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Game Title

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Ok, I know that a unique and non-generic game title is critical to picking up players. But I have no idea how to give a name to an idea of mine. It's a very strange prototype.

 

There are RPG elements. As in actual role playing, making decisions that effect your character and the world around them, not leveling up and whatnot.

 

There are 4X elements, as you are limited in scope to a group of people that grow larger and more organized over time.

 

There is time progression from ancient civilizations to medieval to steam punk, possible to modern and future eras.

 

There are Cthulhu esk elements of madness, darkness, and death.

 

Carefully planning combat and diplomatic encounters is a core mechanic, with executing the plan as the other main mechanic.

 

Fighting and diplomacy are set to music with rhythm elements.

 

And the whole thing is set in a mincraftian voxel world where you are a god controlling various characters throughout history as they become heroes, villains, emperors, and hermits.

 

And the main difficulty is meshing all this into a single, unified experience.

 

But the question remains, what the heck do I name such a beast?

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Naming stuff is hard.

We usually wait until the game is fully finished a few weeks before release to decide.

Before that we have just have a project name, which usually is far from the final name.

 

One of the reasons why is that the game is likely to take a few turns before it is finished. 

The name we had in mind at the start might be totally inappropriate for the game when it is done.

 

I guess what I'm trying to say is, don't get stuck too long on the name now, whatever catches the spirit of the game and help you focus your creative efforts is good.

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i always say the hardest part of making games is naming them.

 

unfortunately, your description is way too vague to even make an attempt.

 

and a sufficiently detailed description may be more than you wish to reveal.

 

its something you should be thinking about from the first moment you conceive the game. if you're lucky, you might come up with something cool by release time.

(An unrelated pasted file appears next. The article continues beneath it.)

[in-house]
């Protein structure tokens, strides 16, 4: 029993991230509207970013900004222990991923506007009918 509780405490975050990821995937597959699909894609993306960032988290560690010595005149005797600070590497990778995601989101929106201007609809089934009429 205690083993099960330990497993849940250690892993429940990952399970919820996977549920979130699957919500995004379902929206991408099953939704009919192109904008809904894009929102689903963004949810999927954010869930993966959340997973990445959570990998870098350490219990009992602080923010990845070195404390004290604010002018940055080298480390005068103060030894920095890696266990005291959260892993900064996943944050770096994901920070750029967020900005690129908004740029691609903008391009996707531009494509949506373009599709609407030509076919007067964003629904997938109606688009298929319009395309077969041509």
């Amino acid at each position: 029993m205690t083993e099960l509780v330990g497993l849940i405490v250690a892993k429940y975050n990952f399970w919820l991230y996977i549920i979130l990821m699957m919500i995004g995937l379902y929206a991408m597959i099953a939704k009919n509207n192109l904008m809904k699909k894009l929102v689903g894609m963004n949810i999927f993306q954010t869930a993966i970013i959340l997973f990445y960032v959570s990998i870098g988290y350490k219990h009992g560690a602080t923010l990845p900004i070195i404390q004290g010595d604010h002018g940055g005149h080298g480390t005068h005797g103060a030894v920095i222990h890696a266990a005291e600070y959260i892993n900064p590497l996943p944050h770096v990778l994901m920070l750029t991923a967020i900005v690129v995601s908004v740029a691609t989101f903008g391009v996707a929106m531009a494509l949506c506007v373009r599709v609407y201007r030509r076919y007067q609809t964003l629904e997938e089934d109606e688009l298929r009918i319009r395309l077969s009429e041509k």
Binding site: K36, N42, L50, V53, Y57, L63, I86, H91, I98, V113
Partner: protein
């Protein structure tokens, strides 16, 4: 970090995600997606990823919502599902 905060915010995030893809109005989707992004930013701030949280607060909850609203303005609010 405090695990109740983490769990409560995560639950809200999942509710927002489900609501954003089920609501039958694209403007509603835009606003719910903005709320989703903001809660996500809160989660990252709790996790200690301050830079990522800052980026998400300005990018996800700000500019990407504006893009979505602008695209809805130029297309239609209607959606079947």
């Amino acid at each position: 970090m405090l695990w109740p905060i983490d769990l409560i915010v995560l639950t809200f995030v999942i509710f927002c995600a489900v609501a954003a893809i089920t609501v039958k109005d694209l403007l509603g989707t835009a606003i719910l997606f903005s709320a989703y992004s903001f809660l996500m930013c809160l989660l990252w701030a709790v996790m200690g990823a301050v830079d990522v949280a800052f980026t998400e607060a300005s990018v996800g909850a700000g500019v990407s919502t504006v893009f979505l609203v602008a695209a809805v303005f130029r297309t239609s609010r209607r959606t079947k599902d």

my advise, don't settle. nothing kills a game like a lame name.

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Best names are usually unique, simple and maybe strange enough to remember.

 

As much as having a descriptive name be a boon (because it might be already your games "elevator pitch"), if this results in a name that is hard to remember or just generic, then don't do it. At least IMHO.

 

Compare "The Last of Us" to "Zombie XXX" (replace XXX with anything really.... Zombie Hunter, Zombie Apocalypse, and so on)...

 

The second title is much more helpful in making potenial customers aware from the start what the game is about, but at the same time screams "generic Zombie shooter" as soon as you find out the game actually IS about flesheating zombies... whereas "The Last of Us" hints at a post-apocalyptic scenario, at something melodramatic while staying mysterious and ambigious at the same time.

 

If I don't know about the two games, and you lay both games in front of me with only the title visible, chances are if I am not a die hard Zombie shooter fan I will leave "Zombie Apocalypse" lying on the desk while picking up the mysterious "The Last of Us" just to find out what it is about. By the time I find out it is just another Zombie Shooter (which it certainly isn't, in this case), I will already have started to watch the trailer, might have downloaded the demo, or maybe even already shelled out for the game... and chances are, if your games doesn't suck, and I am not totally grossed out or bored to death already by Zombie shooters, I might keep playing it.

 

 

My personal recommendation thus is not to get hooked up too much on a name that describes your game best, or falls in line with what other name similar games.

Find a name that is different, that people will remember.

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How about for now, just give it a codename.

 

This way you can refer to it amongst the other devs without giving too much away, and you can use that in the game. Just make it easy to change to the official proper name once you have one (use stringtables etc!).

 

Personally i recommend "Project Ponies". Because ponies. 'Nuff said. smile.png

 

Good luck!

Edited by braindigitalis